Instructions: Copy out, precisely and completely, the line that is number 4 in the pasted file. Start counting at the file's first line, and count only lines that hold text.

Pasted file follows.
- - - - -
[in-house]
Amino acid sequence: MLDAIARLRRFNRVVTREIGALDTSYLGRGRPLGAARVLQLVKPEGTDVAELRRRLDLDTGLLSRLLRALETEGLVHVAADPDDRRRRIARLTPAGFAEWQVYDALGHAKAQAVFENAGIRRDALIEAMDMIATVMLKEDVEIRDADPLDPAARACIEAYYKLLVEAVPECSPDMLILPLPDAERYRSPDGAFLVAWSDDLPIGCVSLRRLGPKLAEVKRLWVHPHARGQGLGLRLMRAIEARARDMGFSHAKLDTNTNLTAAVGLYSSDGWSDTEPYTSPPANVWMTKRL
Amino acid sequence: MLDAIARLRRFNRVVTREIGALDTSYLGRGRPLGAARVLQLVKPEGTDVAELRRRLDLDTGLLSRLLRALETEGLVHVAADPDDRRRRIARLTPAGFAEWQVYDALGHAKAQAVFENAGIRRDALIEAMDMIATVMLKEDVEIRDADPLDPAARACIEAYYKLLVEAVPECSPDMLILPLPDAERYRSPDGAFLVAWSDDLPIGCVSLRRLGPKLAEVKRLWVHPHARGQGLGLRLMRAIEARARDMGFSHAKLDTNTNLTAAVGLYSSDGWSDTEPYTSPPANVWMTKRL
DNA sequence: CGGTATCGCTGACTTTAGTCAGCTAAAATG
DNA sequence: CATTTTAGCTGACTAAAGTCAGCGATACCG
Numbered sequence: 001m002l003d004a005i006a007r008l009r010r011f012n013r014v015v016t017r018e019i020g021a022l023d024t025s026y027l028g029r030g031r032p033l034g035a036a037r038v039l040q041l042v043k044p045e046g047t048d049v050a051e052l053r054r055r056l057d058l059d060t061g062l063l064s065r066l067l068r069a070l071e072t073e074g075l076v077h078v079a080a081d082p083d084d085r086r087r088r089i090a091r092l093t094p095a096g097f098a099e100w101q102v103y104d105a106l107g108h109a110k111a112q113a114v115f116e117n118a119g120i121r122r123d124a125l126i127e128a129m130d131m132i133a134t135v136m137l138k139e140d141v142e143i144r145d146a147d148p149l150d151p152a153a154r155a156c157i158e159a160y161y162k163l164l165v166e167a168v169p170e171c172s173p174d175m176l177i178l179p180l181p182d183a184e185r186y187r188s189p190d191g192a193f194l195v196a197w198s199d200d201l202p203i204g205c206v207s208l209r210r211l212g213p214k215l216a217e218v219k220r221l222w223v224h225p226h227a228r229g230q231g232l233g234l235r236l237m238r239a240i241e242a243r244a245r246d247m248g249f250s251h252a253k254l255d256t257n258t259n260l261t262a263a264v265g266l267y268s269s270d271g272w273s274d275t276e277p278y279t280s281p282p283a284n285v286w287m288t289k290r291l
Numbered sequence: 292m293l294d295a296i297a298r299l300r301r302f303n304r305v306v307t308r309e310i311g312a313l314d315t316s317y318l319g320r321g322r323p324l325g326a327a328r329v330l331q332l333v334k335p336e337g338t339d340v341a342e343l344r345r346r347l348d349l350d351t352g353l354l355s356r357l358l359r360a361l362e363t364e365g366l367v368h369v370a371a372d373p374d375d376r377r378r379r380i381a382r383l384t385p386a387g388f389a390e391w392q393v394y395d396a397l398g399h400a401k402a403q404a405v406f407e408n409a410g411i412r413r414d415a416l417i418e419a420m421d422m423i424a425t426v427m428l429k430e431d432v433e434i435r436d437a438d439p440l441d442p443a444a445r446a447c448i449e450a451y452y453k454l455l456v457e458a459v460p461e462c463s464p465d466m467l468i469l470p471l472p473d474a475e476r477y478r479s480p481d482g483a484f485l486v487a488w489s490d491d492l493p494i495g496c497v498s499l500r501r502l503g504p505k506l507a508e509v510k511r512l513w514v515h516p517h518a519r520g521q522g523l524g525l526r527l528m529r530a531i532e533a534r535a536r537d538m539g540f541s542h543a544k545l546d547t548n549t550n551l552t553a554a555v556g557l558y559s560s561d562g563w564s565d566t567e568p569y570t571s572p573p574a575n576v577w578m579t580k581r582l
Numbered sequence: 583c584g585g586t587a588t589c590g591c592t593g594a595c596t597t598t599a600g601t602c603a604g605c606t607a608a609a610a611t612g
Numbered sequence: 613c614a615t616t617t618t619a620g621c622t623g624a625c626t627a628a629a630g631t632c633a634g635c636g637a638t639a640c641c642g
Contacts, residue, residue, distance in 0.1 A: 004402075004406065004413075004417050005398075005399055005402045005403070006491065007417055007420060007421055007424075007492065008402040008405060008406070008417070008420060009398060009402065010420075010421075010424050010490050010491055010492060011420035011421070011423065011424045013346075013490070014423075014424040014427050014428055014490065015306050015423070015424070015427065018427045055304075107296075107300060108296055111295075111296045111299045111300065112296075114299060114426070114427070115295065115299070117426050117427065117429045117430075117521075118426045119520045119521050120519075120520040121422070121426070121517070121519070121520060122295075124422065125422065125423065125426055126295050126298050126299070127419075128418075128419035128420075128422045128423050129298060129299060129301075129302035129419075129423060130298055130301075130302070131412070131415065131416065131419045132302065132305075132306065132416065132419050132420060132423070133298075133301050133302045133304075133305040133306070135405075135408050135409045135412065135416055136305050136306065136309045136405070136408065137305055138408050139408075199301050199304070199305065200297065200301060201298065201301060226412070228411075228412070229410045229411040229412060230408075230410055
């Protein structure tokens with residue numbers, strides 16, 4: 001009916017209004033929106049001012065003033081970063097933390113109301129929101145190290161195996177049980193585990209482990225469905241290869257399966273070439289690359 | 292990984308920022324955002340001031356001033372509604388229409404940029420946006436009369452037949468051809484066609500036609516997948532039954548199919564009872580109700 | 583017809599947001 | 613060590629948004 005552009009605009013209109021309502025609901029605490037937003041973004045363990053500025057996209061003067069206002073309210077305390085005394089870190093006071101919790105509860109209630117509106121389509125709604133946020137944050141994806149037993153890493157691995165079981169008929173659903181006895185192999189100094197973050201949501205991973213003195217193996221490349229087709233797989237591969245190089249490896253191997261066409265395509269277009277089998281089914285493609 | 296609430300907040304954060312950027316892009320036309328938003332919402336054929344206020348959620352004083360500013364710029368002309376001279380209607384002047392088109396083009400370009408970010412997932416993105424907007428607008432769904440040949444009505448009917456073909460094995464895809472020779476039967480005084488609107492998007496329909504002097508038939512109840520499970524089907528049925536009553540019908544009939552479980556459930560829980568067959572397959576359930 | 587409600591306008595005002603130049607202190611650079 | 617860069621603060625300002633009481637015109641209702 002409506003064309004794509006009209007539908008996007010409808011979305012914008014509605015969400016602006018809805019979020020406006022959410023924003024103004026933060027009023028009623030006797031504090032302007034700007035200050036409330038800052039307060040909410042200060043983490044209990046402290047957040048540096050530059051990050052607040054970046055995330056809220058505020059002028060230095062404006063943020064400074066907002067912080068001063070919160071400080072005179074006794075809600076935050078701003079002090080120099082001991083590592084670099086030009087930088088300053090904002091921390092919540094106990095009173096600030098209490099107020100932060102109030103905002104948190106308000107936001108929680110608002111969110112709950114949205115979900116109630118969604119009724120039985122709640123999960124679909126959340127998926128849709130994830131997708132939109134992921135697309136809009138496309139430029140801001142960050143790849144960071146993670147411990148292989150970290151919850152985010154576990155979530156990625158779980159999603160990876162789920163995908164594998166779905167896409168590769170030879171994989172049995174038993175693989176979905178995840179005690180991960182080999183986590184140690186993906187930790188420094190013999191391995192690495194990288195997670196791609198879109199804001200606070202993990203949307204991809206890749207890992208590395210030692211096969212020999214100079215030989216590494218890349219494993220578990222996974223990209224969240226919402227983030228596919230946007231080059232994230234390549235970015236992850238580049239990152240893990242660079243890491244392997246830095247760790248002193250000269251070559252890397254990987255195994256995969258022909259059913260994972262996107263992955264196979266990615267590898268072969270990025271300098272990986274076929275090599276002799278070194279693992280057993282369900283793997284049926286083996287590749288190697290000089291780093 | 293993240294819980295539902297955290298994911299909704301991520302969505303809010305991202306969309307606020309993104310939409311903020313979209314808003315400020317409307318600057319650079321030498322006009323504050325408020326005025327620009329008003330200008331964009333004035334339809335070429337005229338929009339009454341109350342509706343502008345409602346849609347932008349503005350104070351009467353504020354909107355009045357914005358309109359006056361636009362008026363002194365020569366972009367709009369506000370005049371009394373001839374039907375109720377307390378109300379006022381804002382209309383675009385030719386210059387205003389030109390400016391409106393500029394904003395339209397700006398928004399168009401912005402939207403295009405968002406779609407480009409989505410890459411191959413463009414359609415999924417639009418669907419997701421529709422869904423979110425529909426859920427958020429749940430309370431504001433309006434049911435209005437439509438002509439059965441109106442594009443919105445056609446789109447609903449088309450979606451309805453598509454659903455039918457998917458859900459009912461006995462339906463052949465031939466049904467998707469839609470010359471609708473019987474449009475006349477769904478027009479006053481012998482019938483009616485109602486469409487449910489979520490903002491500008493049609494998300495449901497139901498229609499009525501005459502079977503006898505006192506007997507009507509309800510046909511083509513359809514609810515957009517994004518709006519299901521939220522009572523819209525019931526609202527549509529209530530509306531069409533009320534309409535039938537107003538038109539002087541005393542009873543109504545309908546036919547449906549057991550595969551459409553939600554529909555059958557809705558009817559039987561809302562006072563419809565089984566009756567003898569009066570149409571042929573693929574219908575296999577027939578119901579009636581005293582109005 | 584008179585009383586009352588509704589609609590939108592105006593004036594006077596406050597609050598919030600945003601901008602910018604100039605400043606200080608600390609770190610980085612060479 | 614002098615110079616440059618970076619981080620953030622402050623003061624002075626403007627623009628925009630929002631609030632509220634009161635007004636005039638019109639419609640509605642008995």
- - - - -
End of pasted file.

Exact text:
DNA sequence: CGGTATCGCTGACTTTAGTCAGCTAAAATG